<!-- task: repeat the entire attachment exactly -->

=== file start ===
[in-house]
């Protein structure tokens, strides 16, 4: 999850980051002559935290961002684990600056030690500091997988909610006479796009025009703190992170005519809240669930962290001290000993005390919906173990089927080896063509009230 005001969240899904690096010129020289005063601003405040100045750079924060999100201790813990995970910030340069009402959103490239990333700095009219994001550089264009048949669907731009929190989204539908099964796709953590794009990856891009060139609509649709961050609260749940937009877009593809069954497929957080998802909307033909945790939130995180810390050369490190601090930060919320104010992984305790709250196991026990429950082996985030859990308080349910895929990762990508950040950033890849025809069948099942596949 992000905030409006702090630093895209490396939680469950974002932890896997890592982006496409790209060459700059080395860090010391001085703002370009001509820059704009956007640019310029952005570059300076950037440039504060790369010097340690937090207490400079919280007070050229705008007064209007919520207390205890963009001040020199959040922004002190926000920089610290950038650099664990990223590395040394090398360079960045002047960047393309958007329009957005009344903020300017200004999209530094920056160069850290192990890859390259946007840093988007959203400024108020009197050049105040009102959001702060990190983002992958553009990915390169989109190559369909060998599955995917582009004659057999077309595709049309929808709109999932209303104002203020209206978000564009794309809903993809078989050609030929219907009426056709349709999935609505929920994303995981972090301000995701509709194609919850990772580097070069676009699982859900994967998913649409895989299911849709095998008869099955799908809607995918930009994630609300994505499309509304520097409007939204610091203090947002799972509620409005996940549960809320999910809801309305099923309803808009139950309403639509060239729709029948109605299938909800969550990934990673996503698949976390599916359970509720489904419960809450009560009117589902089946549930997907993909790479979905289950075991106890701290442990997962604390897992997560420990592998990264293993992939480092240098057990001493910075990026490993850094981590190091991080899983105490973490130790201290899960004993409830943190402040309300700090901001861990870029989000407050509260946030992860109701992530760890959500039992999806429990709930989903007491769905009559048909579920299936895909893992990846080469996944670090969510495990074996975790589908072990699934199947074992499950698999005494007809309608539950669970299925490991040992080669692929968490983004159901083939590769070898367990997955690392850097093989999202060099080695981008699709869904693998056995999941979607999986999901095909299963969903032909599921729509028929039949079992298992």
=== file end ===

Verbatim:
[in-house]
């Protein structure tokens, strides 16, 4: 999850980051002559935290961002684990600056030690500091997988909610006479796009025009703190992170005519809240669930962290001290000993005390919906173990089927080896063509009230 005001969240899904690096010129020289005063601003405040100045750079924060999100201790813990995970910030340069009402959103490239990333700095009219994001550089264009048949669907731009929190989204539908099964796709953590794009990856891009060139609509649709961050609260749940937009877009593809069954497929957080998802909307033909945790939130995180810390050369490190601090930060919320104010992984305790709250196991026990429950082996985030859990308080349910895929990762990508950040950033890849025809069948099942596949 992000905030409006702090630093895209490396939680469950974002932890896997890592982006496409790209060459700059080395860090010391001085703002370009001509820059704009956007640019310029952005570059300076950037440039504060790369010097340690937090207490400079919280007070050229705008007064209007919520207390205890963009001040020199959040922004002190926000920089610290950038650099664990990223590395040394090398360079960045002047960047393309958007329009957005009344903020300017200004999209530094920056160069850290192990890859390259946007840093988007959203400024108020009197050049105040009102959001702060990190983002992958553009990915390169989109190559369909060998599955995917582009004659057999077309595709049309929808709109999932209303104002203020209206978000564009794309809903993809078989050609030929219907009426056709349709999935609505929920994303995981972090301000995701509709194609919850990772580097070069676009699982859900994967998913649409895989299911849709095998008869099955799908809607995918930009994630609300994505499309509304520097409007939204610091203090947002799972509620409005996940549960809320999910809801309305099923309803808009139950309403639509060239729709029948109605299938909800969550990934990673996503698949976390599916359970509720489904419960809450009560009117589902089946549930997907993909790479979905289950075991106890701290442990997962604390897992997560420990592998990264293993992939480092240098057990001493910075990026490993850094981590190091991080899983105490973490130790201290899960004993409830943190402040309300700090901001861990870029989000407050509260946030992860109701992530760890959500039992999806429990709930989903007491769905009559048909579920299936895909893992990846080469996944670090969510495990074996975790589908072990699934199947074992499950698999005494007809309608539950669970299925490991040992080669692929968490983004159901083939590769070898367990997955690392850097093989999202060099080695981008699709869904693998056995999941979607999986999901095909299963969903032909599921729509028929039949079992298992």